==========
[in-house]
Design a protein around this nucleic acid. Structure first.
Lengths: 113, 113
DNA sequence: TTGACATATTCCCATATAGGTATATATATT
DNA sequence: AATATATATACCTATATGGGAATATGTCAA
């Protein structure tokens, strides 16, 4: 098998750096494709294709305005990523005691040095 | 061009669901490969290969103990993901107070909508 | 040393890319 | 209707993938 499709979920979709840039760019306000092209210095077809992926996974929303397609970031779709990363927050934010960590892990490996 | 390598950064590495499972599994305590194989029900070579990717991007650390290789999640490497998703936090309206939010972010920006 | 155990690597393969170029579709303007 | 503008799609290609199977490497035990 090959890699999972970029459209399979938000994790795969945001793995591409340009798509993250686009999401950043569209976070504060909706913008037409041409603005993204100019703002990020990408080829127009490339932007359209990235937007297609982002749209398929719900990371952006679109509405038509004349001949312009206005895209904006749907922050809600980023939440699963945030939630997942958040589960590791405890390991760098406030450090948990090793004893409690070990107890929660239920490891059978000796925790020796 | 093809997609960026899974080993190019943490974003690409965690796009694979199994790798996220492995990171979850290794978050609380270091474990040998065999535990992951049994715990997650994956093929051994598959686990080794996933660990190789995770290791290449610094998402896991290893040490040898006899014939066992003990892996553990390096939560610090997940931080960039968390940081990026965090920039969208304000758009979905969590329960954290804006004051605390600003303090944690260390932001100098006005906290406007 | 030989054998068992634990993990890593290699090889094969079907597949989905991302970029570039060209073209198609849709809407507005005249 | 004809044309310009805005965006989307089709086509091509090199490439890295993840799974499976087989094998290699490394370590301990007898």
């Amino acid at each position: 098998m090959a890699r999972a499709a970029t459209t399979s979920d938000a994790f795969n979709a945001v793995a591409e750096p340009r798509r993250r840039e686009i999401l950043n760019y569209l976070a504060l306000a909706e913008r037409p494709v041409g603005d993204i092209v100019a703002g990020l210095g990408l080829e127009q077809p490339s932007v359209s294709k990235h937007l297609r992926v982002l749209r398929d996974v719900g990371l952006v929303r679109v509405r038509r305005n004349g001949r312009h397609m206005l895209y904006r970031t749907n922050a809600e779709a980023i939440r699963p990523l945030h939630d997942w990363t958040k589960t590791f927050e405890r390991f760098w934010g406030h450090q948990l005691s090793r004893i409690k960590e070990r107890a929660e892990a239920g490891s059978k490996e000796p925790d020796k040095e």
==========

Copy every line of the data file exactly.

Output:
[in-house]
Design a protein around this nucleic acid. Structure first.
Lengths: 113, 113
DNA sequence: TTGACATATTCCCATATAGGTATATATATT
DNA sequence: AATATATATACCTATATGGGAATATGTCAA
């Protein structure tokens, strides 16, 4: 098998750096494709294709305005990523005691040095 | 061009669901490969290969103990993901107070909508 | 040393890319 | 209707993938 499709979920979709840039760019306000092209210095077809992926996974929303397609970031779709990363927050934010960590892990490996 | 390598950064590495499972599994305590194989029900070579990717991007650390290789999640490497998703936090309206939010972010920006 | 155990690597393969170029579709303007 | 503008799609290609199977490497035990 090959890699999972970029459209399979938000994790795969945001793995591409340009798509993250686009999401950043569209976070504060909706913008037409041409603005993204100019703002990020990408080829127009490339932007359209990235937007297609982002749209398929719900990371952006679109509405038509004349001949312009206005895209904006749907922050809600980023939440699963945030939630997942958040589960590791405890390991760098406030450090948990090793004893409690070990107890929660239920490891059978000796925790020796 | 093809997609960026899974080993190019943490974003690409965690796009694979199994790798996220492995990171979850290794978050609380270091474990040998065999535990992951049994715990997650994956093929051994598959686990080794996933660990190789995770290791290449610094998402896991290893040490040898006899014939066992003990892996553990390096939560610090997940931080960039968390940081990026965090920039969208304000758009979905969590329960954290804006004051605390600003303090944690260390932001100098006005906290406007 | 030989054998068992634990993990890593290699090889094969079907597949989905991302970029570039060209073209198609849709809407507005005249 | 004809044309310009805005965006989307089709086509091509090199490439890295993840799974499976087989094998290699490394370590301990007898």
């Amino acid at each position: 098998m090959a890699r999972a499709a970029t459209t399979s979920d938000a994790f795969n979709a945001v793995a591409e750096p340009r798509r993250r840039e686009i999401l950043n760019y569209l976070a504060l306000a909706e913008r037409p494709v041409g603005d993204i092209v100019a703002g990020l210095g990408l080829e127009q077809p490339s932007v359209s294709k990235h937007l297609r992926v982002l749209r398929d996974v719900g990371l952006v929303r679109v509405r038509r305005n004349g001949r312009h397609m206005l895209y904006r970031t749907n922050a809600e779709a980023i939440r699963p990523l945030h939630d997942w990363t958040k589960t590791f927050e405890r390991f760098w934010g406030h450090q948990l005691s090793r004893i409690k960590e070990r107890a929660e892990a239920g490891s059978k490996e000796p925790d020796k040095e």